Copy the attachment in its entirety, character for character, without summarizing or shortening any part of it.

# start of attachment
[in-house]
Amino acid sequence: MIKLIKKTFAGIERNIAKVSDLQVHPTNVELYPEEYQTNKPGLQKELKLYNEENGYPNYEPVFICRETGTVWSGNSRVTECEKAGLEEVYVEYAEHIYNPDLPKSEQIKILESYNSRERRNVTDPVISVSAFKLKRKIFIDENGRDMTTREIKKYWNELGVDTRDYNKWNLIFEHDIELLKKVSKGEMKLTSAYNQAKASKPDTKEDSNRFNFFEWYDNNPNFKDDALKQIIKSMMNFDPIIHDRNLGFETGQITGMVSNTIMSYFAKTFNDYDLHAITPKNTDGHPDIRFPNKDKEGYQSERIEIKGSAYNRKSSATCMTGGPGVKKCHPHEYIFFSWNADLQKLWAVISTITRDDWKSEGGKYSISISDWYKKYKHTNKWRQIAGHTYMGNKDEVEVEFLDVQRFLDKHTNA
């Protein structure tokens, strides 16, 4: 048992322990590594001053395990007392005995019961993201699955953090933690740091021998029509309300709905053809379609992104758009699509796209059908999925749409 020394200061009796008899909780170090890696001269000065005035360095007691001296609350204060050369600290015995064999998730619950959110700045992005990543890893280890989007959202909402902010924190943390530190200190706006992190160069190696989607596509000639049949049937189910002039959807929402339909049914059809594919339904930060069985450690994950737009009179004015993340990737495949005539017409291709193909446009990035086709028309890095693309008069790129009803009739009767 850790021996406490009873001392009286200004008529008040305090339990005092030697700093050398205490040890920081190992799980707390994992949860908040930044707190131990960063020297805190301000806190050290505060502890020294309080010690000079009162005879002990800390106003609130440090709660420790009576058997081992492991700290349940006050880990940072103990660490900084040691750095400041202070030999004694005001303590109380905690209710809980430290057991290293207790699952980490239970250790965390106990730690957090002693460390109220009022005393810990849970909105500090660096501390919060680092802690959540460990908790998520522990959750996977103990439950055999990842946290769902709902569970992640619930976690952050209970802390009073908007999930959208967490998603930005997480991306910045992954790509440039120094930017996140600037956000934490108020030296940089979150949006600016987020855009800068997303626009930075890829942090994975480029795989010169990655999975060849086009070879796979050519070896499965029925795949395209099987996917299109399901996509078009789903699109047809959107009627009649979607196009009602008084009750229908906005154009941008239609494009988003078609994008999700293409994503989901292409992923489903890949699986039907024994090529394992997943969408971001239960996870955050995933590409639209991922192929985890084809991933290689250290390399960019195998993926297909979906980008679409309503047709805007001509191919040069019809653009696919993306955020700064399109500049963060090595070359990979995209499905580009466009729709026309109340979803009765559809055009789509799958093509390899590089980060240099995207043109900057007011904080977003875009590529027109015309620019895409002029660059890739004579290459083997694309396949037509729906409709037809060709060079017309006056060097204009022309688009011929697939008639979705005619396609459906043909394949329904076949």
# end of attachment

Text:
[in-house]
Amino acid sequence: MIKLIKKTFAGIERNIAKVSDLQVHPTNVELYPEEYQTNKPGLQKELKLYNEENGYPNYEPVFICRETGTVWSGNSRVTECEKAGLEEVYVEYAEHIYNPDLPKSEQIKILESYNSRERRNVTDPVISVSAFKLKRKIFIDENGRDMTTREIKKYWNELGVDTRDYNKWNLIFEHDIELLKKVSKGEMKLTSAYNQAKASKPDTKEDSNRFNFFEWYDNNPNFKDDALKQIIKSMMNFDPIIHDRNLGFETGQITGMVSNTIMSYFAKTFNDYDLHAITPKNTDGHPDIRFPNKDKEGYQSERIEIKGSAYNRKSSATCMTGGPGVKKCHPHEYIFFSWNADLQKLWAVISTITRDDWKSEGGKYSISISDWYKKYKHTNKWRQIAGHTYMGNKDEVEVEFLDVQRFLDKHTNA
């Protein structure tokens, strides 16, 4: 048992322990590594001053395990007392005995019961993201699955953090933690740091021998029509309300709905053809379609992104758009699509796209059908999925749409 020394200061009796008899909780170090890696001269000065005035360095007691001296609350204060050369600290015995064999998730619950959110700045992005990543890893280890989007959202909402902010924190943390530190200190706006992190160069190696989607596509000639049949049937189910002039959807929402339909049914059809594919339904930060069985450690994950737009009179004015993340990737495949005539017409291709193909446009990035086709028309890095693309008069790129009803009739009767 850790021996406490009873001392009286200004008529008040305090339990005092030697700093050398205490040890920081190992799980707390994992949860908040930044707190131990960063020297805190301000806190050290505060502890020294309080010690000079009162005879002990800390106003609130440090709660420790009576058997081992492991700290349940006050880990940072103990660490900084040691750095400041202070030999004694005001303590109380905690209710809980430290057991290293207790699952980490239970250790965390106990730690957090002693460390109220009022005393810990849970909105500090660096501390919060680092802690959540460990908790998520522990959750996977103990439950055999990842946290769902709902569970992640619930976690952050209970802390009073908007999930959208967490998603930005997480991306910045992954790509440039120094930017996140600037956000934490108020030296940089979150949006600016987020855009800068997303626009930075890829942090994975480029795989010169990655999975060849086009070879796979050519070896499965029925795949395209099987996917299109399901996509078009789903699109047809959107009627009649979607196009009602008084009750229908906005154009941008239609494009988003078609994008999700293409994503989901292409992923489903890949699986039907024994090529394992997943969408971001239960996870955050995933590409639209991922192929985890084809991933290689250290390399960019195998993926297909979906980008679409309503047709805007001509191919040069019809653009696919993306955020700064399109500049963060090595070359990979995209499905580009466009729709026309109340979803009765559809055009789509799958093509390899590089980060240099995207043109900057007011904080977003875009590529027109015309620019895409002029660059890739004579290459083997694309396949037509729906409709037809060709060079017309006056060097204009022309688009011929697939008639979705005619396609459906043909394949329904076949």